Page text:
Habitat: Wooded combe (chiefly oak and birch), conifer plantation
Parking in lay-by at map ref. ST164389, TA4 4AB
Bin Combe offers much the same as nearby Hodder’s and Holford Combes although in a much smaller area. Again it is best visited in spring and early summer.
The most popular way to work the combe is to park in the small lay-by at ST164389. Pied Flycatchers and Redstarts occur throughout the combe, and are often heard and seen in the area immediately around the lay-by. Walk back down the road towards the A39 listening for them as well as the more usual common woodland species; Crossbills can also sometimes be found in the conifers on the north side of the road.
At about ST171394 a steep path cuts down diagonally towards the bottom of the combe. All three woodpeckers can be found in this area, although as in many other areas Lesser Spotted is by no means guaranteed. The scrubby area at the bottom of the path is good for both Blackcaps and Garden Warblers; there are also Marsh Tits in this area but they are becoming increasingly difficult to find. From here follow the path back up through the combe to the lay-by. Along the bottom of the combe Wood Warblers are frequently heard singing; Willow Warblers and Chiffchaffs can be found on the southern side, and Tree Pipits are occasionally present, but are easier in other areas.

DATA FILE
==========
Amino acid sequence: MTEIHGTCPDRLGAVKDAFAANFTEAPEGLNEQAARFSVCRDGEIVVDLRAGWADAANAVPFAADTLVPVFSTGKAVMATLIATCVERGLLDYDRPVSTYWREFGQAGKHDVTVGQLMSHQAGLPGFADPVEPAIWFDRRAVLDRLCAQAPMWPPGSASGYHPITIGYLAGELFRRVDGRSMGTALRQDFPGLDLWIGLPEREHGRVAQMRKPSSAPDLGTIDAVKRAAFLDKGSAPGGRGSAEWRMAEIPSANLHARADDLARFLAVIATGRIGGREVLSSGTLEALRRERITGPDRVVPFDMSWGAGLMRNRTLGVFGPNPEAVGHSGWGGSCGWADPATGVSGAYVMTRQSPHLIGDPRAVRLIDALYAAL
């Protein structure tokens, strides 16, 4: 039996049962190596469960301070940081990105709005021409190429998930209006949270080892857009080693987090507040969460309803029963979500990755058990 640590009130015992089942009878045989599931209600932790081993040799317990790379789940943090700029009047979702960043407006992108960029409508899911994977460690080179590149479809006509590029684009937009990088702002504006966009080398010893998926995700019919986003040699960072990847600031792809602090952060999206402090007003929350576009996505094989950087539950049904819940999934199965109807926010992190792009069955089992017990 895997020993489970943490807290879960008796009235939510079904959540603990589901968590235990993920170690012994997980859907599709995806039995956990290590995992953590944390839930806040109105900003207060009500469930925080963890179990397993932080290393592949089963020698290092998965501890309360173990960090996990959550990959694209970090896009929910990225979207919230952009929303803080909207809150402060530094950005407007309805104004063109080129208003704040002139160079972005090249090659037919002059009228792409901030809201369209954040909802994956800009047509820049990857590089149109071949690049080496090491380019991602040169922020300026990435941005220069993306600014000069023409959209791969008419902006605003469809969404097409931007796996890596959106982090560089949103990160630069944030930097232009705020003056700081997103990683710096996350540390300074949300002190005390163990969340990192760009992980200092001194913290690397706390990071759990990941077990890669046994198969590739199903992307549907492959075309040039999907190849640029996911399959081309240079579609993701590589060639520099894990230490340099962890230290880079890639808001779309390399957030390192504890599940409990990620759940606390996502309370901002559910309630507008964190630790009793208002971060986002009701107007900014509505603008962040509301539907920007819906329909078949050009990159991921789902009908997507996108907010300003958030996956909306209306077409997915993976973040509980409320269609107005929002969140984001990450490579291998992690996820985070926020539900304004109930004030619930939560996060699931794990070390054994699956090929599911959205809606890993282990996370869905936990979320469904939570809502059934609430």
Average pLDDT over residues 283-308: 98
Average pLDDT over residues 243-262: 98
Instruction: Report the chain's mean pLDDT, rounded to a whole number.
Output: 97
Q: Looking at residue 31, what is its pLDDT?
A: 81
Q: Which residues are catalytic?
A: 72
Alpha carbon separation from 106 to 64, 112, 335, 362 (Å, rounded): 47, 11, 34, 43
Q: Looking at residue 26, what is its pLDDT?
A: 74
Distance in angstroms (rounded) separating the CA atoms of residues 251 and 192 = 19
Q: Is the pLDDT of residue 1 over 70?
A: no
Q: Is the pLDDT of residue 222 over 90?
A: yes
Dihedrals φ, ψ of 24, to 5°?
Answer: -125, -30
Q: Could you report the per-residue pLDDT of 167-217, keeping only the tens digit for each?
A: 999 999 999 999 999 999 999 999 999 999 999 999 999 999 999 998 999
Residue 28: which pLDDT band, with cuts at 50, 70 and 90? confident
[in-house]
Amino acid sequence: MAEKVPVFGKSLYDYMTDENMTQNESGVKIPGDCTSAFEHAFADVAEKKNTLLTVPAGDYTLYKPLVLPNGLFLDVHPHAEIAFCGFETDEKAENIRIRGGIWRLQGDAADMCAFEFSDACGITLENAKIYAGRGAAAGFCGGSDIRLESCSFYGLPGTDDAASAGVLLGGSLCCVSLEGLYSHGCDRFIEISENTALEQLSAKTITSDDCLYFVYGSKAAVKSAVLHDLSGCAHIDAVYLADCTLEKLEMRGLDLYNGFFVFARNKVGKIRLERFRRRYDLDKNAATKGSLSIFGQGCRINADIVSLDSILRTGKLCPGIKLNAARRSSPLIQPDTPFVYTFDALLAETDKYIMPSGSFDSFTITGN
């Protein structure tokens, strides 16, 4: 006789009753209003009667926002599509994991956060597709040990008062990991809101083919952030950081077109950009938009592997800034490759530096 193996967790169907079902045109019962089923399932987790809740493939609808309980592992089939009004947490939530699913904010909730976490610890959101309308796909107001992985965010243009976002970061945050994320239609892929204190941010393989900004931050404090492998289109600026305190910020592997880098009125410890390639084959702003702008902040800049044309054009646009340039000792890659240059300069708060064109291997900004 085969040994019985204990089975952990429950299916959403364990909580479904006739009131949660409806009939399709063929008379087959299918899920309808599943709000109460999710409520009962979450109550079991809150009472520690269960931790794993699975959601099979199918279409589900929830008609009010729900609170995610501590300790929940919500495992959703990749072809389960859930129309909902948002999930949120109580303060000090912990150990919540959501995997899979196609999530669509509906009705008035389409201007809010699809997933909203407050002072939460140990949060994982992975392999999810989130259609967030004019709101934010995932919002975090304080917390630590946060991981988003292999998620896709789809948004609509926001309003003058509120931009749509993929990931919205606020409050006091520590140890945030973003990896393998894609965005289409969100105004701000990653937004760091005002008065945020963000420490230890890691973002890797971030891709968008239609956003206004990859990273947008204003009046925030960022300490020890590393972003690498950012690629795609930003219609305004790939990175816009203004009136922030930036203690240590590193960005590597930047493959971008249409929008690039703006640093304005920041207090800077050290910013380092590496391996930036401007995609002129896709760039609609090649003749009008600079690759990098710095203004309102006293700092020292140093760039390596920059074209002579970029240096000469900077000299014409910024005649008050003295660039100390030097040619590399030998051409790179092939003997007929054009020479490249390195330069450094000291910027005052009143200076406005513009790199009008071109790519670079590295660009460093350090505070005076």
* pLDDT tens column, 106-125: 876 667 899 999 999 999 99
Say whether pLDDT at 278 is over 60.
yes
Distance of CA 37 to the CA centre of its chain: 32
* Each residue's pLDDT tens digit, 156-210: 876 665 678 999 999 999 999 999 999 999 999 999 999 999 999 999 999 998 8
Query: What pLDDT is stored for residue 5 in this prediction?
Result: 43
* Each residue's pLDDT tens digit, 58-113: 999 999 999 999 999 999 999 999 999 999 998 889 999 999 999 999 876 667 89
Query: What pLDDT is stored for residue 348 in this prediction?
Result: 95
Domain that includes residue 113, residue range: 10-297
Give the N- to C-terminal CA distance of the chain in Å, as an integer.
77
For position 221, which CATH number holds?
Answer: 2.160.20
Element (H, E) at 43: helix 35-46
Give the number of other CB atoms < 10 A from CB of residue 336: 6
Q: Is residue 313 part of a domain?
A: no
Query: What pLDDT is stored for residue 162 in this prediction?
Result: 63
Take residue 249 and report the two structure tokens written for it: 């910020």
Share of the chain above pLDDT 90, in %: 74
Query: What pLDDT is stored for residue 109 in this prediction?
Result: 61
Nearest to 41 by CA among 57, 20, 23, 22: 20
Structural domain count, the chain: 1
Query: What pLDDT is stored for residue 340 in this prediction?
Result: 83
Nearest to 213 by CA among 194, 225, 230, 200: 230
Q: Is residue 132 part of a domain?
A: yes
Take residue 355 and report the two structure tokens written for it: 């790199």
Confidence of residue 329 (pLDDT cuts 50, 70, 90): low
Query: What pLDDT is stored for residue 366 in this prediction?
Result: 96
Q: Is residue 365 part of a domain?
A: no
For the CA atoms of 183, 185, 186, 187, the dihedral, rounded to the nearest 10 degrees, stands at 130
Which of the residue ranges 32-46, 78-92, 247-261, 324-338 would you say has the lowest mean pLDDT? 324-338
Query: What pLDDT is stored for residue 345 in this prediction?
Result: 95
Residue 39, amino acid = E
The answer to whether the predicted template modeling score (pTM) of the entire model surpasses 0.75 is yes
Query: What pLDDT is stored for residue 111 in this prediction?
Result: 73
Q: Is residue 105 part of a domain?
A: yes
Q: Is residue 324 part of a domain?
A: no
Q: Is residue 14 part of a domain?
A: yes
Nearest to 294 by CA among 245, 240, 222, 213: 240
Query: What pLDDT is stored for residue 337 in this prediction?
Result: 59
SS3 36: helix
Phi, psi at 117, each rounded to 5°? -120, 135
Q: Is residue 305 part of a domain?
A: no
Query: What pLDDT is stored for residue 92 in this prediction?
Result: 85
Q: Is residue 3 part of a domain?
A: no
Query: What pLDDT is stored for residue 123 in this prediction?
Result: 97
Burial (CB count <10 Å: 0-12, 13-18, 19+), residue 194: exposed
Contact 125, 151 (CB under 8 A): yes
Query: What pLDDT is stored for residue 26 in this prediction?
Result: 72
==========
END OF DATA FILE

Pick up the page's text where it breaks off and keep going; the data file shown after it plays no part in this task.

The other way to work this area is to access the bottom of the combe from the minor road which runs NW of Bincombe Green but parking is difficult here and not recommended.
From the A39 about 1 mile west of the traffic lights at Nether Stowey, turn left uphill at small triangle on to minor road, sign posted to Crowcombe. After sharp bend at top of hill, continue for about 0.5 mile and park in lay-by on right at ST164389.
Open access all year. The first section is along a surfaced road (from which most key species can be seen/heard), but the remainder is via a steep path and rough track which can be muddy. No facilities on site, but public toilets and other facilities nearby in Nether Stowey.
About the Site